And at the end of the day, if I’ve saved even one mother from drowning in the river, then it’s completely worth it.
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What Happens When Someone Incredible Gets Postpartum Depression?

We are all incredible people, no matter what our journey is with postpartum depression.

Some women who end up with postpartum depression have battled mental illness their whole lives.  Some may have gone through a depressed period as a teenager or following some tragedy in their lives.  Maybe they’ve witnessed a family member deal with it, or experienced some kind of childhood trauma.  PTSD can contribute significantly to depression and other postpartum mental health disorders.

But others, like myself, have never faced a childhood trauma or battle with mental illness prior to becoming a mother. 

To go from living the “perfect” life to experiencing the darkness that is depression in such a sudden way feels like being buried alive.  While I no longer struggle with depression on a daily basis, it’s effects remain permanently.  I will forever mourn the loss of the incredible person that I was before postpartum depression took it all away from me.

This is What Happens When Someone Incredible Gets Postpartum Depression
*This post contains affiliate and/or paid links which means that if you click on one of these links and buy a product, I may earn a small commission at no additional cost to you. Rest assured that I only recommend products that I love from companies that I trust. Furthermore, I am not a medical professional and nothing in this post should be taken as medical advice. I am simply a mother who has been there and lived to tell the tale.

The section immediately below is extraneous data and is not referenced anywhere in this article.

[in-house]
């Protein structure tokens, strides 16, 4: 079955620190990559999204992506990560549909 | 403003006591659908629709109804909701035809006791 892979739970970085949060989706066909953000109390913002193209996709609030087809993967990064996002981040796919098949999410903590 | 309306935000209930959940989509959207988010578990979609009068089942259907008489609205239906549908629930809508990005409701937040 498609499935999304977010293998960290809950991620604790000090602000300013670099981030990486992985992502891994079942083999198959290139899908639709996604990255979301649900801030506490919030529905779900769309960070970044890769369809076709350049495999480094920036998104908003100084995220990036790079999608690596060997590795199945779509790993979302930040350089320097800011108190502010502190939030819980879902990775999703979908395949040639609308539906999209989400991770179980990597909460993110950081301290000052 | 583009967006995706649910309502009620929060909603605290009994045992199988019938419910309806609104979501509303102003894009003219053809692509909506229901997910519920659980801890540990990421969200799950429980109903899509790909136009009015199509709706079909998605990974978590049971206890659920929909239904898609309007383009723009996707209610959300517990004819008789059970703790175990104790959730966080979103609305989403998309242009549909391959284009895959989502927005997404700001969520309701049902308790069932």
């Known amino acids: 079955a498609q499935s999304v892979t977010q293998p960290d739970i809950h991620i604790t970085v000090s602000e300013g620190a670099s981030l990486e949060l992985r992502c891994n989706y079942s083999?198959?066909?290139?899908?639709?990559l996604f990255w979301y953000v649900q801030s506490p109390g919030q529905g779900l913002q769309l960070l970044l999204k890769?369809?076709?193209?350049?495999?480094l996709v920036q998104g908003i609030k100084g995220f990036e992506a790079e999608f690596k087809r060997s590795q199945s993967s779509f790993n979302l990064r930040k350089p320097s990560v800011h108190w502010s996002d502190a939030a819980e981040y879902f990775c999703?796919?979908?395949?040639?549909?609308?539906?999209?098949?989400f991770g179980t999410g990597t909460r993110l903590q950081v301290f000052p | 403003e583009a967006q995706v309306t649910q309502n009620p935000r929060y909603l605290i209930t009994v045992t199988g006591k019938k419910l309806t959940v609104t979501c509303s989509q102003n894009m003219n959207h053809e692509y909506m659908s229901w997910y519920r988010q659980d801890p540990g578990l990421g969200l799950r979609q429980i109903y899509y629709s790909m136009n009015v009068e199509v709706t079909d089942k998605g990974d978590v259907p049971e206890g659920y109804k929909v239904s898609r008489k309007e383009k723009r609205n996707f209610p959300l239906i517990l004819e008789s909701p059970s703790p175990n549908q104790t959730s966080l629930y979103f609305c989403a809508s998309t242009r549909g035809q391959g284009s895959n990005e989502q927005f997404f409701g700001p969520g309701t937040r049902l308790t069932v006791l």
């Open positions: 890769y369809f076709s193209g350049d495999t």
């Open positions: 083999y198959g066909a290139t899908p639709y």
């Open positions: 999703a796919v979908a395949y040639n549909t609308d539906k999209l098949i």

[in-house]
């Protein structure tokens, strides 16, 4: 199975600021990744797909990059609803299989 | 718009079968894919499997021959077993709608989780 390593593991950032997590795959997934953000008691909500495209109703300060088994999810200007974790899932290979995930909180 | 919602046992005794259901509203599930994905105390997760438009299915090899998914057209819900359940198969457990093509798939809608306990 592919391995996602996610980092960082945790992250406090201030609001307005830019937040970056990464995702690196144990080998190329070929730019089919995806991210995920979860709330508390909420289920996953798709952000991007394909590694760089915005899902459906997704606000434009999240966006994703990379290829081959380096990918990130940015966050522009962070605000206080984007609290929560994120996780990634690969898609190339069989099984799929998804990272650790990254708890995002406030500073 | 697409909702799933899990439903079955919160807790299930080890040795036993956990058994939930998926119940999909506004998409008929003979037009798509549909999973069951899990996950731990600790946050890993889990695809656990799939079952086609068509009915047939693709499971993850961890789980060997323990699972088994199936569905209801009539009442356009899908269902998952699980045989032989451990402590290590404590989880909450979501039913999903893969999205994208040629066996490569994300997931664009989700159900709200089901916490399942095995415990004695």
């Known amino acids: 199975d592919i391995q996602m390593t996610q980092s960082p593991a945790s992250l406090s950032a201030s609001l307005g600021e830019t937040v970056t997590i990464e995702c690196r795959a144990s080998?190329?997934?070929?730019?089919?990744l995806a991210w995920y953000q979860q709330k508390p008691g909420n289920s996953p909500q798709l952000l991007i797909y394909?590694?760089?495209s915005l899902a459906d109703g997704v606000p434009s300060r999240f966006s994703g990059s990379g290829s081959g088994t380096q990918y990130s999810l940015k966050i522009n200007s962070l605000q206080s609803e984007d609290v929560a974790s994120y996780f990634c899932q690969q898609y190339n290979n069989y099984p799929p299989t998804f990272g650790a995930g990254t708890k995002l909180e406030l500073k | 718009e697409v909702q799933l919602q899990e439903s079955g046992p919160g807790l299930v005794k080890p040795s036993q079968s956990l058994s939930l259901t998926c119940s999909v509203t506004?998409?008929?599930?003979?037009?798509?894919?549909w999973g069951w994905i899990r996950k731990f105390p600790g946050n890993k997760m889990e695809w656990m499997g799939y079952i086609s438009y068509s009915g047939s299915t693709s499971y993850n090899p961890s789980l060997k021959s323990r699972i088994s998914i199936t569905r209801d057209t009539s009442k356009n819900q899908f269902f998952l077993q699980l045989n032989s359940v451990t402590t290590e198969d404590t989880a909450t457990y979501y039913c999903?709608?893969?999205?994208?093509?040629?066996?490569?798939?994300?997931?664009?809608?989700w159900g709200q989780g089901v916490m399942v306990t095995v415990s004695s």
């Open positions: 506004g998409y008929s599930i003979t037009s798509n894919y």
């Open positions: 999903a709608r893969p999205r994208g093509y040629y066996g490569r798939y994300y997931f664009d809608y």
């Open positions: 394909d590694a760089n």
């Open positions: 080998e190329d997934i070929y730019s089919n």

I used to be an incredible person.

I had a really great childhood, with parents who loved me and loved each other.

My sister was my best friend and confidant.

Even as an awkward, mixed-race, home-schooled teenager, I never felt depressed or self-conscious.

I embraced my differences, stood up for others and voiced my opinions.

I loved to take care of people and when I started working, I delivered the type of customer service that got rave reviews.

I worked jobs that I loved and was successful at them.

I almost married the wrong man, but then met and fell in love with the right one and had a fairy tale wedding, just like a cliche romantic movie.

We renovated a house in the perfect neighborhood and got a couple of dogs before a baby soon followed.

Life wasn’t always perfect but it was pretty darn close to what I imagined “happily ever after” would be.
Prenatal & Postpartum Depression - Vanessa's Story
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Most of these things haven’t changed.

I still have an amazing husband and a family who love and support me.

I still have the perfect house with the two dogs and three kids.

I still have success doing work that I find rewarding.

Except that now, I have postpartum depression.

It’s been 7  years so I doubt it’s even considered “postpartum” anymore, but I will always refer to it as that. Because until I got pregnant with my second child, I was anything but depressed.

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For the past 7 years, I’ve had to fight every single day to be the happy, incredible person I was my entire life.

Things that came so naturally to me, such as talking to people or taking care of myself – are now things that I avoid at all costs.